We report a novel spontaneous mutation named nax in mice, which exhibit delayed hair appearance and ataxia in a homozygote state. Histological analyses of nax brain revealed an overall impairment of the cerebellar cortex. The classical cortical cytoarchitecture was disrupted, the inner granule cell layer was not obvious, the Purkinje cells were not aligned as a Purkinje cell layer, and Bergmann glias did not span the molecular layer. Furthermore, histological analyses of skin showed that the hair follicles were also abnormal. We mapped the nax locus between marker D2Mit158 and D2Mit100 within a region of 800 kb in the middle of chromosome 2 and identified a missense mutation (Gly244Glu) in Acp2, a lysosomal monoesterase. The Glu244 mutation does not affect the stability of the Acp2 transcript, however it renders the enzyme inactive. Ultrastructural analysis of nax cerebellum showed lysosomal storage bodies in nucleated cells, suggesting progressive degeneration as the underlying mechanism. Identification of Acp2 as the gene mutated in nax mice provides a valuable model system for studying the role of Acp2 in cerebellum and skin homeostasis.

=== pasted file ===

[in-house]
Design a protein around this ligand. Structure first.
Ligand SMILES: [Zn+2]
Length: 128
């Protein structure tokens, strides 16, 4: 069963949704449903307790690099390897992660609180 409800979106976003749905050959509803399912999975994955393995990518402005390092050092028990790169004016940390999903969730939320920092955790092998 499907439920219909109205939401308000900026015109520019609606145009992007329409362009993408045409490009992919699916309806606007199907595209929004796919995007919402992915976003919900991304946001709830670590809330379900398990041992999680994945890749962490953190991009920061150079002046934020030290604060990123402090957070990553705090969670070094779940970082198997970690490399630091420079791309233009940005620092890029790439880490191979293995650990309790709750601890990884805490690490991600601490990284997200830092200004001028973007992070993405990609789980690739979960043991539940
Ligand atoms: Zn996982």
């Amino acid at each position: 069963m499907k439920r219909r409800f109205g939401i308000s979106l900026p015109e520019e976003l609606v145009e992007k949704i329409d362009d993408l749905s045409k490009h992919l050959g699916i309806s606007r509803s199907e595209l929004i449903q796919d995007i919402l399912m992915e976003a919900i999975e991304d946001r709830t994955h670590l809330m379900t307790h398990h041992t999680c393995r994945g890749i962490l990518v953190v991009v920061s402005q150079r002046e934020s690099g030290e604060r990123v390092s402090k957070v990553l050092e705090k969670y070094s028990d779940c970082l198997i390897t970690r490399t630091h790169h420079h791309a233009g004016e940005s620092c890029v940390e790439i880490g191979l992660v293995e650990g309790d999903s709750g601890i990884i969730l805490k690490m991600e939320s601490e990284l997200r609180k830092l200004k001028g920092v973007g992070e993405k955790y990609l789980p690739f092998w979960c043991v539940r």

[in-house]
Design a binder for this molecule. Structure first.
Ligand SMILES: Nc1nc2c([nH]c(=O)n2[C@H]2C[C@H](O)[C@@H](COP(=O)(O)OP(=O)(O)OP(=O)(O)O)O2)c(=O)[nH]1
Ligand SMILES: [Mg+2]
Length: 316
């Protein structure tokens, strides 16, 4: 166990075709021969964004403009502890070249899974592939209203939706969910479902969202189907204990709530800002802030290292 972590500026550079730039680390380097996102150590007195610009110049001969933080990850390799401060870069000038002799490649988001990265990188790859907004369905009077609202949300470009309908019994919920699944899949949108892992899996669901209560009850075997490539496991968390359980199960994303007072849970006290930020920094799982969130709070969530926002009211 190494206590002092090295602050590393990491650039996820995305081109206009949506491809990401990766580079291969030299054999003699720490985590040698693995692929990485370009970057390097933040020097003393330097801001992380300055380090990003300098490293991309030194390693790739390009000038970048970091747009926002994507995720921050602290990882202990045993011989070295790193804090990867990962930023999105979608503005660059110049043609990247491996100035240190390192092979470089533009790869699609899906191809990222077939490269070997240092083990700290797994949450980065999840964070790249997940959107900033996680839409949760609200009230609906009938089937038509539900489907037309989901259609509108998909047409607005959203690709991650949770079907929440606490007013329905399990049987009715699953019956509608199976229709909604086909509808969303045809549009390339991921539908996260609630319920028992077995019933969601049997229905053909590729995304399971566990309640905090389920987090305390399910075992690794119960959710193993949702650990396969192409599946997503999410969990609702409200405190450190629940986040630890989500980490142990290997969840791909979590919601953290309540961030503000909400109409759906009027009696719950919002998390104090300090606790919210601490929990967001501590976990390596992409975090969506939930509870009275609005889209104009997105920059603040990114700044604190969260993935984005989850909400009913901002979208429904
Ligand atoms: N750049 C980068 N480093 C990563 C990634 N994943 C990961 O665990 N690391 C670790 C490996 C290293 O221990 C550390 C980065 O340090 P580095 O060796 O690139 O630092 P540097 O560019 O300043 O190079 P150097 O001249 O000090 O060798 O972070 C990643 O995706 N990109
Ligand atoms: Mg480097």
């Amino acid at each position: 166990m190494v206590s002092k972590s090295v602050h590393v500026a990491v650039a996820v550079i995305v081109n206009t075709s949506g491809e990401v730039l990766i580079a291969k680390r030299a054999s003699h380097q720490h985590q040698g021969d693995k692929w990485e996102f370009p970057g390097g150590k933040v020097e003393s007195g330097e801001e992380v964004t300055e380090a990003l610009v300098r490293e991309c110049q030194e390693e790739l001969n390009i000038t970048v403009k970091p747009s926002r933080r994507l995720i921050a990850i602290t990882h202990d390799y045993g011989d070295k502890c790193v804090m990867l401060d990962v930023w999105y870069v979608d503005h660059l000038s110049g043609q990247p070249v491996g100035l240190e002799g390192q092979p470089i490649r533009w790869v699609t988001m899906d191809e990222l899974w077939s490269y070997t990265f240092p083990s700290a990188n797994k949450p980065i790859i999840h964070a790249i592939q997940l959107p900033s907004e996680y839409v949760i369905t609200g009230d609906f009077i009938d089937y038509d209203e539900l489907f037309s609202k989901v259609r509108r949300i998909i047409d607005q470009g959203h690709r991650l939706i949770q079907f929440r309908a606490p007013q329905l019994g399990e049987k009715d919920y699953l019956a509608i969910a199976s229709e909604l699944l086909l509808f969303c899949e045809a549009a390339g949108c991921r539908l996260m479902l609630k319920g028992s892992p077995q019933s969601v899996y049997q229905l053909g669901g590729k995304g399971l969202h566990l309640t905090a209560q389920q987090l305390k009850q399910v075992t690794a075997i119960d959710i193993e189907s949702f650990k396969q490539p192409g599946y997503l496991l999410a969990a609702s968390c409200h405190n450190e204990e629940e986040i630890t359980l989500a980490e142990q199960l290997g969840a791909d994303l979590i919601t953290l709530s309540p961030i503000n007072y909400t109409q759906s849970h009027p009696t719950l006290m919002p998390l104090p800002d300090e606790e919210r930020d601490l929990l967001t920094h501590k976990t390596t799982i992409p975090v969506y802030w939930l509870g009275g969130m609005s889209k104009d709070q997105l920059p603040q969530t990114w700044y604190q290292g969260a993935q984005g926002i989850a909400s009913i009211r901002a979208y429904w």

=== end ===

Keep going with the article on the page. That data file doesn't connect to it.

Disruption of PLC-beta 1-mediated signal transduction in mutant mice causes age-dependent hippocampal mossy fiber sprouting and neurodegeneration.
Böhm D, Schwegler H, Kotthaus L, Nayernia K, Rickmann M, Köhler M, Rosenbusch J, Engel W, Flügge G, Burfeind P.
Mol Cell Neurosci. 21(4):584-601, 2002.